Las Vegas-based artist Lance L. Smith has been staying busy during the pandemic. After returning from a six-week residency with the Arquetopia International Mentorship Program in Puebla, Mexico, in April, the painter and printmaker has been making art back home in Las Vegas. Due to the coronavirus, scheduling remains up in the air, but Smith is preparing for a solo show in the fall, a group show at a Downtown gallery and a variety of commissioned work.
When not exploring liberatory and resistance practices through mixed media, Smith also reads prolifically and teaches art. During this unpredictable time, Smith offers the Weekly directions on how to take a moment to make a meditative still life drawing. Even if you think you have no talent, this is something you can do.
Relax. Contrary to popular belief, you don’t have to go to school to be an artist. As with making dinner, you don’t have to be a professional to find joy in an undertaking. “Something that we should all remember during this time is that we have the capability to create,” Smith says. Smith suggests starting by releasing your jaw, relaxing the tightness in your breath and taking a deep breath in and a deep breath out.
Put on your “noticing eyes.” “We’ve been in our houses for a while,” Smith says, referencing the coronavirus lockdown. “So you probably noticed a lot of things you didn’t have time to [before]. Smith says to use your “noticing eyes” to find a few interesting household objects for a still life. Look for objects with varying textures, forms and shapes. Keep them medium to small sizes, so as not to be overwhelming. Smith gives the example of a bristle paint brush, a can of water and a roll of tape with a cardboard backing.
Set them up in a cool configuration. Smith says to simply place your objects in “any orientation that you find interesting.” Look at the lines that the compiled objects create and “imagine you’re setting up a photo shoot.”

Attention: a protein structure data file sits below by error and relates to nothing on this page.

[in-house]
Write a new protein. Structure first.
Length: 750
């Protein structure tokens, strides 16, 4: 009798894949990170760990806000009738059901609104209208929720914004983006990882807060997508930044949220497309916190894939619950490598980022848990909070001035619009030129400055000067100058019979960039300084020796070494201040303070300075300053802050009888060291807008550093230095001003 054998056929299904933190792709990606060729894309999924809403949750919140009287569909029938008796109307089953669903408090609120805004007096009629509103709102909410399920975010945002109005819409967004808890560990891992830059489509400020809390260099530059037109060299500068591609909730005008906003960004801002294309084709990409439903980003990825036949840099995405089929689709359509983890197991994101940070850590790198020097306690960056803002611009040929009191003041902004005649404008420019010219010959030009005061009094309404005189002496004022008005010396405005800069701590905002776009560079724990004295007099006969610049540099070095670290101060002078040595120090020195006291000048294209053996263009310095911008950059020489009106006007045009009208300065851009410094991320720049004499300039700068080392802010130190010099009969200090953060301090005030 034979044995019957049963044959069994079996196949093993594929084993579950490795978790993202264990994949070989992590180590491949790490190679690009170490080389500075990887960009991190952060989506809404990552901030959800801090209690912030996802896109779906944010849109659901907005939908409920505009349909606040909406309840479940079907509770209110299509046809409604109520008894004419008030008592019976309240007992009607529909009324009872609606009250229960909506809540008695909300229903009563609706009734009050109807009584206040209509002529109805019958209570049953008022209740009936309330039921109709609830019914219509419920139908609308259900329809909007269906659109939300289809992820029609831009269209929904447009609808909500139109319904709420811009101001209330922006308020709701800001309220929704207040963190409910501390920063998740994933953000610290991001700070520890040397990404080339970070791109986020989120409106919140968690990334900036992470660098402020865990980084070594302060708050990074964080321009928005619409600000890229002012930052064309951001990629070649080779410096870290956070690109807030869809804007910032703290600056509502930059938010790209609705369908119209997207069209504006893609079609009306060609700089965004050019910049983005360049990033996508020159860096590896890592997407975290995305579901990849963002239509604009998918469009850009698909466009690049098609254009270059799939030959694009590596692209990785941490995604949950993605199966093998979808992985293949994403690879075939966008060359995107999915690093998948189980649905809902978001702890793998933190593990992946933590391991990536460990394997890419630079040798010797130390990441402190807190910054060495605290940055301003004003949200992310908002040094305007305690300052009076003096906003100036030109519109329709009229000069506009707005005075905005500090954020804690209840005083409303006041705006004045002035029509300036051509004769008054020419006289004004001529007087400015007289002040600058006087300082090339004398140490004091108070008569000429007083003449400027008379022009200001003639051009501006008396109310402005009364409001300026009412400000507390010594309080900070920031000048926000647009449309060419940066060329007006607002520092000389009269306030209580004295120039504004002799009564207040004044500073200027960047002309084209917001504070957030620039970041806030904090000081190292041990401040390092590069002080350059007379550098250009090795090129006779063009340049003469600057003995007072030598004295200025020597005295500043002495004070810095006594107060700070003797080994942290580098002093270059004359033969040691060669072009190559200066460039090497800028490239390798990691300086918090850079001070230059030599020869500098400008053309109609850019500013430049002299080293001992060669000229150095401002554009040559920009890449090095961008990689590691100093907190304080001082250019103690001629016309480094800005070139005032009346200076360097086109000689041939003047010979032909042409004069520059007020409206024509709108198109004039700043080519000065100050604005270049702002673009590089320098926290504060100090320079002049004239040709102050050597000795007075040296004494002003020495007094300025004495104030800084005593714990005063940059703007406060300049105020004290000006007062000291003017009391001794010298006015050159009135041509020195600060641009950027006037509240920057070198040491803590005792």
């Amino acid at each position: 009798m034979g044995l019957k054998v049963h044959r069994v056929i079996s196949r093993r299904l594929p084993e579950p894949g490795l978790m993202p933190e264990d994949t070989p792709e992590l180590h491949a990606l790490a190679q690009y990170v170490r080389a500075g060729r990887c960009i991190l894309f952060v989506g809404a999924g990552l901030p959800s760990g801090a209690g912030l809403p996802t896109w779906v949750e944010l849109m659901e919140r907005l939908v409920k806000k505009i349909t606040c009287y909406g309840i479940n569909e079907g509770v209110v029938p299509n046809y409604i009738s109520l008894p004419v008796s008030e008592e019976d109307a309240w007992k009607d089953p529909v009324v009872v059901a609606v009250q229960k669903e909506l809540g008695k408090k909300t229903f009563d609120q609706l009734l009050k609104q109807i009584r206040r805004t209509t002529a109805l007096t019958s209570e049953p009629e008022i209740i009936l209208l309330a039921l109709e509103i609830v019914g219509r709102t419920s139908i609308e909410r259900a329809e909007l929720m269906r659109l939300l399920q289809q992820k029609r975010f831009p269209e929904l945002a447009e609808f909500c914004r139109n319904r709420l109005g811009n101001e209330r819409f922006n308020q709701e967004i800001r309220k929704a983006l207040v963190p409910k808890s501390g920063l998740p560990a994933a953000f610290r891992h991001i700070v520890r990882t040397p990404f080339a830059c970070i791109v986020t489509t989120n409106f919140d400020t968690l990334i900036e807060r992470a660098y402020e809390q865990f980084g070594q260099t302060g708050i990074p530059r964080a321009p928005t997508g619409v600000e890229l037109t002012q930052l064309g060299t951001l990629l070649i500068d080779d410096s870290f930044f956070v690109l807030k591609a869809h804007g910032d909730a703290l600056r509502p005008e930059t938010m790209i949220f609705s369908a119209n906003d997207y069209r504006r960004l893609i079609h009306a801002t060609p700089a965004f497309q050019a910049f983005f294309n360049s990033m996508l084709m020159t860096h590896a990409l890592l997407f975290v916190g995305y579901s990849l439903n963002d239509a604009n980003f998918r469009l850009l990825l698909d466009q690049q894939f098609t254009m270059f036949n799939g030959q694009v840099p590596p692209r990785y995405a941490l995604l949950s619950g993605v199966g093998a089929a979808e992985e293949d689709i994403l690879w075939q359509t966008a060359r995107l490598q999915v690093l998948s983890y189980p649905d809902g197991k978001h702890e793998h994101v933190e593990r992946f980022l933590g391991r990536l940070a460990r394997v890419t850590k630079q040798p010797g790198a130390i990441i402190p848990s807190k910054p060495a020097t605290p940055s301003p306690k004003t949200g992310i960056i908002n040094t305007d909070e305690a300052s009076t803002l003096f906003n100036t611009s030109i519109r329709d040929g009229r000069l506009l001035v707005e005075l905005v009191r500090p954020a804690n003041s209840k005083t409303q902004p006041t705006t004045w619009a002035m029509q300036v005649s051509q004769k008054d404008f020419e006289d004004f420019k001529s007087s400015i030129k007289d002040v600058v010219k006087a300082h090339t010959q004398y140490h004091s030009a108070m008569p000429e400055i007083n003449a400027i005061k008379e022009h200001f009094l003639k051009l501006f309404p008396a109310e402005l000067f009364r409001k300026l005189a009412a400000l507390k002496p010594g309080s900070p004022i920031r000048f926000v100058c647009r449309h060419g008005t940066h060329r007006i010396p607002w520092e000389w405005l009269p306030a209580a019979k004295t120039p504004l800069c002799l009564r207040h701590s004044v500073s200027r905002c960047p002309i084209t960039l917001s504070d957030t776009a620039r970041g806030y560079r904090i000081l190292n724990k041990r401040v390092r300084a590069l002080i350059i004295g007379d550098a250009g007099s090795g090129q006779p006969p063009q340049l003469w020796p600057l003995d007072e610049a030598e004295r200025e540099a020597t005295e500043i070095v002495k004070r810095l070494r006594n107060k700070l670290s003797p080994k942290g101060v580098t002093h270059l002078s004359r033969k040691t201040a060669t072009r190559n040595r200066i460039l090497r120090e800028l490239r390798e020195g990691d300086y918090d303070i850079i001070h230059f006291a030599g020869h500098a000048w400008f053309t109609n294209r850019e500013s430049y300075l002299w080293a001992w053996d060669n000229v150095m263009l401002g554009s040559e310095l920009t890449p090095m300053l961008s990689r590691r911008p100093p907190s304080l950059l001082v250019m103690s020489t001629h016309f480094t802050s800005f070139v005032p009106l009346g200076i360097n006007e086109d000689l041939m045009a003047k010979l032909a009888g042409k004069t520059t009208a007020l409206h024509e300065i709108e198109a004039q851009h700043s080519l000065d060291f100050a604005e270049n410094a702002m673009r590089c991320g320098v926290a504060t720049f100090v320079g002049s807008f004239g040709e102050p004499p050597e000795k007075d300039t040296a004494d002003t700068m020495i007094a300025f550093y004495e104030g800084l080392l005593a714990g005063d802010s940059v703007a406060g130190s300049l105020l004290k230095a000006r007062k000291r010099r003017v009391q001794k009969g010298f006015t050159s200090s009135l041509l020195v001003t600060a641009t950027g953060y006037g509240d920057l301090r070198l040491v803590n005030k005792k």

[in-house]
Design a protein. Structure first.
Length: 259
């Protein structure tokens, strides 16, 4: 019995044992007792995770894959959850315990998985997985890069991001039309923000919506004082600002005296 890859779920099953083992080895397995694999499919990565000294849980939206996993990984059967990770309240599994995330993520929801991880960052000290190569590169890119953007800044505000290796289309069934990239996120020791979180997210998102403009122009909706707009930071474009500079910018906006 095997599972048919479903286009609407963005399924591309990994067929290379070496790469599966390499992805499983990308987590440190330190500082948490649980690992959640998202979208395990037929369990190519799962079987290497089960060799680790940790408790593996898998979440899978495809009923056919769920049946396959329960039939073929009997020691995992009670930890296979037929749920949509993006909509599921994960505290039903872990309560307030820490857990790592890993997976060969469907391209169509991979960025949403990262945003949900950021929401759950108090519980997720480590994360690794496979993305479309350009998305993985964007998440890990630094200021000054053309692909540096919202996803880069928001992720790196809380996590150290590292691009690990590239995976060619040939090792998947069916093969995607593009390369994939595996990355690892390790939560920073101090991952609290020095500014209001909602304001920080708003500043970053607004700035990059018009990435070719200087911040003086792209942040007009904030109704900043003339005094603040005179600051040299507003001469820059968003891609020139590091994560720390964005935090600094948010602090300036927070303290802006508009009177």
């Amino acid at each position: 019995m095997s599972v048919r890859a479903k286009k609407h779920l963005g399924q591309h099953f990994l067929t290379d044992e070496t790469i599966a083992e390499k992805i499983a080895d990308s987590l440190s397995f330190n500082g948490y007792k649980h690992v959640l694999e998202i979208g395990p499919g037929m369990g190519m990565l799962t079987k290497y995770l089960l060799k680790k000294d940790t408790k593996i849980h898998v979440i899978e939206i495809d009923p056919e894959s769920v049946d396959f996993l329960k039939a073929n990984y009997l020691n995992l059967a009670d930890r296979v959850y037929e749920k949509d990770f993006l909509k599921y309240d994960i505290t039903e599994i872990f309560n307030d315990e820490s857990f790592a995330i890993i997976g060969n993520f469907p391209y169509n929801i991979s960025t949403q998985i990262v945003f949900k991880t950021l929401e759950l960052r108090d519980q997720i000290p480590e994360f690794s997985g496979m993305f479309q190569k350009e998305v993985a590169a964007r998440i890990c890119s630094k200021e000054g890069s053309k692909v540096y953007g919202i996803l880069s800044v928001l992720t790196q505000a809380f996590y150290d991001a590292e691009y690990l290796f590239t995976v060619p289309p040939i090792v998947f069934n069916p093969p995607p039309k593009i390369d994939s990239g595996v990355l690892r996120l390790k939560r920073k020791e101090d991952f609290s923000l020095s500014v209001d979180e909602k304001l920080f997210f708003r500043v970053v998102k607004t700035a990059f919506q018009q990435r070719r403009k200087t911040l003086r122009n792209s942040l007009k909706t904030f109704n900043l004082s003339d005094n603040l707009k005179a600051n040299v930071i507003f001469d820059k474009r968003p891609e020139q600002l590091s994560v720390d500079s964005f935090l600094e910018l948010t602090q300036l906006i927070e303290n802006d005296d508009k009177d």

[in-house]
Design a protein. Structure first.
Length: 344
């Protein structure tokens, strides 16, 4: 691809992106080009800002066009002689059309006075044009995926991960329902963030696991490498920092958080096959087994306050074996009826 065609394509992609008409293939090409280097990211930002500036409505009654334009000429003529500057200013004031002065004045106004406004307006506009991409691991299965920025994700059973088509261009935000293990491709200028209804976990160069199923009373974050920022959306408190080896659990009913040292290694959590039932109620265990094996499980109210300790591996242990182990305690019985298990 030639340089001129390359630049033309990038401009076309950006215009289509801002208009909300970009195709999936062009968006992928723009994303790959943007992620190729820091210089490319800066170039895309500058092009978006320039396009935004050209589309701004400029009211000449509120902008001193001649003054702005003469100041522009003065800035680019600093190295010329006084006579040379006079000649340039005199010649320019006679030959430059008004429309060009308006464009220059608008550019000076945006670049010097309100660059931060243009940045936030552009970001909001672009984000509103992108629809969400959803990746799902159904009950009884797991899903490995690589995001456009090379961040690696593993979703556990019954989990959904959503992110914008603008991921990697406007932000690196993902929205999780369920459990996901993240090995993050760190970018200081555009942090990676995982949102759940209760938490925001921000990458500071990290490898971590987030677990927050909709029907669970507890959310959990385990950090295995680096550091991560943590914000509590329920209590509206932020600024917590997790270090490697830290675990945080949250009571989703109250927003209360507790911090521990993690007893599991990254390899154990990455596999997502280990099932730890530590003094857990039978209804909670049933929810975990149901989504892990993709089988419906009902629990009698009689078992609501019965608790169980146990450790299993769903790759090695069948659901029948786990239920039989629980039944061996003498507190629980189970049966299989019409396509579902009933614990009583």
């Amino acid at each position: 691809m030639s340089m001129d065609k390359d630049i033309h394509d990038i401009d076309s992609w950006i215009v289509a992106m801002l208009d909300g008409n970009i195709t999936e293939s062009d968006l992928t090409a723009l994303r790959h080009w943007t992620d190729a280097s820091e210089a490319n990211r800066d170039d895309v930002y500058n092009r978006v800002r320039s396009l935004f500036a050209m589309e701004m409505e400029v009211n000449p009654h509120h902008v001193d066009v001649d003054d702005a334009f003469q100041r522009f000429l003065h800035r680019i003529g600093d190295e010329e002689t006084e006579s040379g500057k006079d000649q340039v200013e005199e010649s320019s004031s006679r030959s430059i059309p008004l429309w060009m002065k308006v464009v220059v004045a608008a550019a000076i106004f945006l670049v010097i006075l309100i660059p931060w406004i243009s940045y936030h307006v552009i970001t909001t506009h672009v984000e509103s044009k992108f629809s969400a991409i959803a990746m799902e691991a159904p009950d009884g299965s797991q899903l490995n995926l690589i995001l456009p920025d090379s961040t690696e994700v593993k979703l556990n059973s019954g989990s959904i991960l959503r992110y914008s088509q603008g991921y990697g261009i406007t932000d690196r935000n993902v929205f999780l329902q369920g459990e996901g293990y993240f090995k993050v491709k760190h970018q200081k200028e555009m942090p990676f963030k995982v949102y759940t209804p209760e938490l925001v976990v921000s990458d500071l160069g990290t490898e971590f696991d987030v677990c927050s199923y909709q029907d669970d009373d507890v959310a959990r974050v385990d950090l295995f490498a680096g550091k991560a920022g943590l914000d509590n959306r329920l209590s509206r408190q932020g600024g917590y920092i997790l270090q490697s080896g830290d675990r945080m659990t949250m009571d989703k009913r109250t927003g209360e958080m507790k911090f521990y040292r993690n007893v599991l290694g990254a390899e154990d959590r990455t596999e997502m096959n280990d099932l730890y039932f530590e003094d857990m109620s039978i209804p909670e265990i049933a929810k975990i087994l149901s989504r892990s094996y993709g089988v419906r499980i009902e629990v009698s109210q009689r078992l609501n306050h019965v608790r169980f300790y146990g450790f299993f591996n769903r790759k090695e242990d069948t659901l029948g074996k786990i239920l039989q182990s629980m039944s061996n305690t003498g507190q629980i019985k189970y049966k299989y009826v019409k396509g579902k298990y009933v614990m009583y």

Just start drawing. You don’t need a lot of crazy supplies. Smith says a pen or pencil will work just fine: “From there, you just take a piece of paper and paint and you will begin to draw.”
Keep looking. Take your time. Go back and forth between drawing and looking at the still life as you draw it, Smith advises. “Imagine there’s a line of ants going around whatever you’re drawing; that helps me,” Smith says
Add in the extras. Once you’ve outlined the forms, look to the aspects that make something feel real and multi-dimensional. “Pay attention to the way the light is falling,” Smith says. “Then, if you’re feeling real fun and you’ve got some extra time on your hands, start to drop in the shadows. Take the pencil, and go back and forth, meditatively. “Once you’ve meditated, you’re chilling out here, you’re not stressing,” Smith says.
Study the negative. When you’re drawing, don’t just look at what’s there. Look at the empty spaces between things—negative space. Seeing and drawing the shape of what isn’t there helps bring the piece together and lines things up, Smith says. It’s also a great exercise in observation.
You can’t go wrong. Smith emphasizes that in drawing, “There are no mistakes.” The artist suggests using the drawing as a way to be thoughtful. Meditate on the way the shadows are falling. Meditate on the tactile nature of the subject. And then just “draw until you feel like you’re done.” Then congratulate yourself: “You’ve created a piece of art with a capital ‘A,’ because we’re all artists, no matter if you’re trained or not.”